2016-2017 Harper-Inglis Post-Graduate Conservation Fellowship – Library of Congress (Washington, DC)

The Conservation Division of the Library of Congress is now accepting applications for the inaugural Harper-Inglis Post-Graduate Conservation Fellowship for 2016-2017. The Fellowship is open to U.S. citizens recently graduated from a recognized art conservation graduate program with a specialization in book, paper, or photograph conservation. The Fellowship is made possible by the Harper-Inglis Memorial Trust Fund and is hosted by the Library’s Conservation Division, the oldest and largest conservation lab in the United States for the conservation of book, paper, and photograph materials.
Responsibilities: The Fellow will pursue an independent research project and have the opportunity to acquire hands-on experience by participating in lab activities as they are conducted by Conservation Division staff, such as: conducting surveys; conservation documentation, treatment, and housing; research and analysis; digitization and/or exhibit preparation; collections emergency response and recovery; and environmental monitoring and analysis. The Fellow can expect to interact with Library staff beyond the Conservation Division, including curatorial staff, staff responsible for exhibits and loans, and scientists in the Preservation Research and Testing Division.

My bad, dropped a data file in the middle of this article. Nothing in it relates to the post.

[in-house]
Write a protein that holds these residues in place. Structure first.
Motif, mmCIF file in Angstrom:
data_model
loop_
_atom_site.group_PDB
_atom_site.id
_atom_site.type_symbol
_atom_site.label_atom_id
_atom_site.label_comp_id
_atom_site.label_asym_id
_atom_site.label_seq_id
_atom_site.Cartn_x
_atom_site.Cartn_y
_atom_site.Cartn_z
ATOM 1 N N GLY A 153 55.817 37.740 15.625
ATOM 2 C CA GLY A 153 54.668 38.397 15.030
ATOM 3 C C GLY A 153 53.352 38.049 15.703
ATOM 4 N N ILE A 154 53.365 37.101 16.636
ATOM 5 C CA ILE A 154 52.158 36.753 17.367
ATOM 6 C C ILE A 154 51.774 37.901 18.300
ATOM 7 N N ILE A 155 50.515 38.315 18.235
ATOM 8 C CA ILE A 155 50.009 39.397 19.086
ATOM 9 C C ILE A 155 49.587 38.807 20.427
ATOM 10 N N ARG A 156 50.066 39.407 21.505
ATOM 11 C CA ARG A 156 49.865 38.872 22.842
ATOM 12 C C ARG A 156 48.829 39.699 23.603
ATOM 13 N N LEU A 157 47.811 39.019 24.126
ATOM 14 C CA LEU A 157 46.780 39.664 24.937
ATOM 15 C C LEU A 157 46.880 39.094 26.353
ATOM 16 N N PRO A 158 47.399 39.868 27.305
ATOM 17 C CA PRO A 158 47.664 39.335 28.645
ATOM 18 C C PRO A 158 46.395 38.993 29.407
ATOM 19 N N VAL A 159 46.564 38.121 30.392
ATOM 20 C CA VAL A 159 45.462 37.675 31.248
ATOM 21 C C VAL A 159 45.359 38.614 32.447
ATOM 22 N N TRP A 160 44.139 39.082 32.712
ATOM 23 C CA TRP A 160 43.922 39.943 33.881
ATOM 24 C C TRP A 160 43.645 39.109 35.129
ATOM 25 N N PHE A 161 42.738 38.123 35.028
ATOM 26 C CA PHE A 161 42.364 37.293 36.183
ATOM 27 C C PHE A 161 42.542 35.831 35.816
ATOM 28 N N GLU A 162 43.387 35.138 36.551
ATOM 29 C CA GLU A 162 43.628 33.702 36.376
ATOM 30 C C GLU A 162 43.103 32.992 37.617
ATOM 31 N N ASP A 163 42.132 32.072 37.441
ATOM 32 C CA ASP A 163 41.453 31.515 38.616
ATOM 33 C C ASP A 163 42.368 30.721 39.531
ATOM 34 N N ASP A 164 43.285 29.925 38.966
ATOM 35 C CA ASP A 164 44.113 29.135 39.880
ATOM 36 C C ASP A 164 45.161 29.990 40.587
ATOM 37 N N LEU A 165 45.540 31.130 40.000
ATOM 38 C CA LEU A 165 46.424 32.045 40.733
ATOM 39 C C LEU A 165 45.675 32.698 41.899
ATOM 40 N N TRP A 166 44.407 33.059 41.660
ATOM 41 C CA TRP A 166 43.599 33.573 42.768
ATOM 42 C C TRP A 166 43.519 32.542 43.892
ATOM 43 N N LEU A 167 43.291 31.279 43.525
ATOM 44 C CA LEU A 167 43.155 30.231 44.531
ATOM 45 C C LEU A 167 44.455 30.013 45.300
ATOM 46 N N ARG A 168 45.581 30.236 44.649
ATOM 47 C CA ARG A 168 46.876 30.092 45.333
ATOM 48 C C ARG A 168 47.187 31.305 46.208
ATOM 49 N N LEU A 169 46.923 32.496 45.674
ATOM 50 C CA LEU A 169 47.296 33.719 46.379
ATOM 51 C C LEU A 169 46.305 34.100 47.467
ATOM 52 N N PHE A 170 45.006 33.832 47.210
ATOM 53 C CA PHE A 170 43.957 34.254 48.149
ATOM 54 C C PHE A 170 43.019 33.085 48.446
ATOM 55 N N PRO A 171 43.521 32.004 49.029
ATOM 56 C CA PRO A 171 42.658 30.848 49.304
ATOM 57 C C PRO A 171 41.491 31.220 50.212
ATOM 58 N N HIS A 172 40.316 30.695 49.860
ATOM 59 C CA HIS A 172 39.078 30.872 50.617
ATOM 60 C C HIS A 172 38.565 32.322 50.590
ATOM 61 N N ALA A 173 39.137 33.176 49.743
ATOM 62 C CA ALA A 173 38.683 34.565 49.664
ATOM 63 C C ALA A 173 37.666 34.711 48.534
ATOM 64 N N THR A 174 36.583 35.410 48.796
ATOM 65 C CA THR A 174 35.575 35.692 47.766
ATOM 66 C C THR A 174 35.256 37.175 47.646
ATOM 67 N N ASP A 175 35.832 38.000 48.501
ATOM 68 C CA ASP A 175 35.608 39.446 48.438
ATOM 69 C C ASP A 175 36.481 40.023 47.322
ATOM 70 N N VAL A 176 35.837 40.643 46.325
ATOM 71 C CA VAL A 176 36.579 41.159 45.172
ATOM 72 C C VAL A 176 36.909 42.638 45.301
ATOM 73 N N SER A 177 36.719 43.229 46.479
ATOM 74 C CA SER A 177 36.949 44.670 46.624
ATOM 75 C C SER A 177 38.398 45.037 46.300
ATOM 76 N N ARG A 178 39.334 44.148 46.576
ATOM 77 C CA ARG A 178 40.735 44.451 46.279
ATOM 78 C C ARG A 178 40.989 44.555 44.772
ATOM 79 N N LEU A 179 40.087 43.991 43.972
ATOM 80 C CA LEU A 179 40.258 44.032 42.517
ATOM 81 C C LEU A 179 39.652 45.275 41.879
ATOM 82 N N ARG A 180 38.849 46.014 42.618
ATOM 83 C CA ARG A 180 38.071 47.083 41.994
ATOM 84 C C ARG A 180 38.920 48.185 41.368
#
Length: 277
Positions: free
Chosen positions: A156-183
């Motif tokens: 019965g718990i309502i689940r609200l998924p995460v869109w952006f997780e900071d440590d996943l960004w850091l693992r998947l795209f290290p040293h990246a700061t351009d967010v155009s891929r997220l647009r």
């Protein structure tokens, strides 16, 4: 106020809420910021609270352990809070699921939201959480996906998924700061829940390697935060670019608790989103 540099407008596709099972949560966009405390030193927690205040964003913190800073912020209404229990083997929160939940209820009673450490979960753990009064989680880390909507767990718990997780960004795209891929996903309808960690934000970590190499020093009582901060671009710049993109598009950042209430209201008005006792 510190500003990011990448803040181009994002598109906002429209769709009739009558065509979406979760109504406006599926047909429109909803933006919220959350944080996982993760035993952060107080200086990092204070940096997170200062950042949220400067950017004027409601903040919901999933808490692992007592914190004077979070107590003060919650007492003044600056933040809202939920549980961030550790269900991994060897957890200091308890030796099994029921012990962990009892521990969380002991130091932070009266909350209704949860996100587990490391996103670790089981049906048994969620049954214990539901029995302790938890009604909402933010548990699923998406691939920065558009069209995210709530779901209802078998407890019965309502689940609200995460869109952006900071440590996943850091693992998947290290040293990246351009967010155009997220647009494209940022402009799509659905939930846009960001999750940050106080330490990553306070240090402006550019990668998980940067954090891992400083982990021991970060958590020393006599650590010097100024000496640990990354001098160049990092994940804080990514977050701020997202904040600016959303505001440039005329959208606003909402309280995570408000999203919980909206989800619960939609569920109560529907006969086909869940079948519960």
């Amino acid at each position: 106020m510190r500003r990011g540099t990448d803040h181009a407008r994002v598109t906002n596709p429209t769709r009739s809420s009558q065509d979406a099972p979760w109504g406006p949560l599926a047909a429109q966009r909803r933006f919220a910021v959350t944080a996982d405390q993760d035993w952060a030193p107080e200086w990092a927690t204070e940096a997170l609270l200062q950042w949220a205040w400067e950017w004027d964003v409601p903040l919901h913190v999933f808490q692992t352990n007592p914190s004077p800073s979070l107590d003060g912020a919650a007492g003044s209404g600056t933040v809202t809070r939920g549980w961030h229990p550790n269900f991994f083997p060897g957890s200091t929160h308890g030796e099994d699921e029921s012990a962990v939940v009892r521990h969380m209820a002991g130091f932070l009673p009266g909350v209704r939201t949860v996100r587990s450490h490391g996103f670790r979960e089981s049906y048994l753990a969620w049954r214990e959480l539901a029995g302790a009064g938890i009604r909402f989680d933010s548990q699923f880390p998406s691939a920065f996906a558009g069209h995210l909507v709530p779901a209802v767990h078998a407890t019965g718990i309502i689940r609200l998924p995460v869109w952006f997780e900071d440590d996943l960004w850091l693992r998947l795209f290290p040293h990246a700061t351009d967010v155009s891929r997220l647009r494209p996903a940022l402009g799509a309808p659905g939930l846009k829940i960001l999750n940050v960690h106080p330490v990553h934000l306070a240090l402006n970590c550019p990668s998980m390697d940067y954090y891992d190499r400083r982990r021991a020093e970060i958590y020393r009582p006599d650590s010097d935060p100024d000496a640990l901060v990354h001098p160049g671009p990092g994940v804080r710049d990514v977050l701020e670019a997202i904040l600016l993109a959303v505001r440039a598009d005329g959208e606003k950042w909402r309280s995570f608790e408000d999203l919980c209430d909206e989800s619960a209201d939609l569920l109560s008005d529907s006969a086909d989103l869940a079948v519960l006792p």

– U.S. citizen
– Graduate of a recognized art conservation graduate program or equivalent training
– No more than five years of relevant work experience
– Demonstrated experience conducting research
– Clear and effective writing and spoken communication skills
Term and Stipend: The fellowship begins October 3, 2016 and ends (or is extended for one year) on September 29, 2017 and comes with an annual stipend of $39,000. The Library is unable to provide additional benefits – including health, retirement, or transit benefits – as part of the fellowship.
Application Process: Use the link below to access the application form and instructions. Applications are accepted through December 31, 2015.
This fellowship is generously funded by the Harper-Inglis Memorial Trust Fund.
Elmer Eusman, Chief
Conservation Division
Library of Congress